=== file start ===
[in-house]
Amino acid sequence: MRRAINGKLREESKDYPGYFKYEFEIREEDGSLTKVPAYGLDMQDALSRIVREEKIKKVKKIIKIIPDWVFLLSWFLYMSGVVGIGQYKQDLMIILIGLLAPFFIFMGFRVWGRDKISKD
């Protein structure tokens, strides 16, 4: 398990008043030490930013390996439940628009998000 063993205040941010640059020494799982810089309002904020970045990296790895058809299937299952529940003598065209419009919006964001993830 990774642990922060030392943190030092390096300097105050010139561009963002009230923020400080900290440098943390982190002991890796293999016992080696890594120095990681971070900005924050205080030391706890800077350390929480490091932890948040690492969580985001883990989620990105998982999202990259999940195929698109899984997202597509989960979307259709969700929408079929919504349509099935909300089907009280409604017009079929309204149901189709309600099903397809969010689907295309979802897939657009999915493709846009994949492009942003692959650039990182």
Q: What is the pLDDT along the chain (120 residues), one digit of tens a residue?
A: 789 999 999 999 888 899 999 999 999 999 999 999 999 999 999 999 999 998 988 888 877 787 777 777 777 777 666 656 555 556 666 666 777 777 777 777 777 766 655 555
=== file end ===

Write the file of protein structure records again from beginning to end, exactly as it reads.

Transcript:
[in-house]
Amino acid sequence: MRRAINGKLREESKDYPGYFKYEFEIREEDGSLTKVPAYGLDMQDALSRIVREEKIKKVKKIIKIIPDWVFLLSWFLYMSGVVGIGQYKQDLMIILIGLLAPFFIFMGFRVWGRDKISKD
């Protein structure tokens, strides 16, 4: 398990008043030490930013390996439940628009998000 063993205040941010640059020494799982810089309002904020970045990296790895058809299937299952529940003598065209419009919006964001993830 990774642990922060030392943190030092390096300097105050010139561009963002009230923020400080900290440098943390982190002991890796293999016992080696890594120095990681971070900005924050205080030391706890800077350390929480490091932890948040690492969580985001883990989620990105998982999202990259999940195929698109899984997202597509989960979307259709969700929408079929919504349509099935909300089907009280409604017009079929309204149901189709309600099903397809969010689907295309979802897939657009999915493709846009994949492009942003692959650039990182």
Q: What is the pLDDT along the chain (120 residues), one digit of tens a residue?
A: 789 999 999 999 888 899 999 999 999 999 999 999 999 999 999 999 999 998 988 888 877 787 777 777 777 777 666 656 555 556 666 666 777 777 777 777 777 766 655 555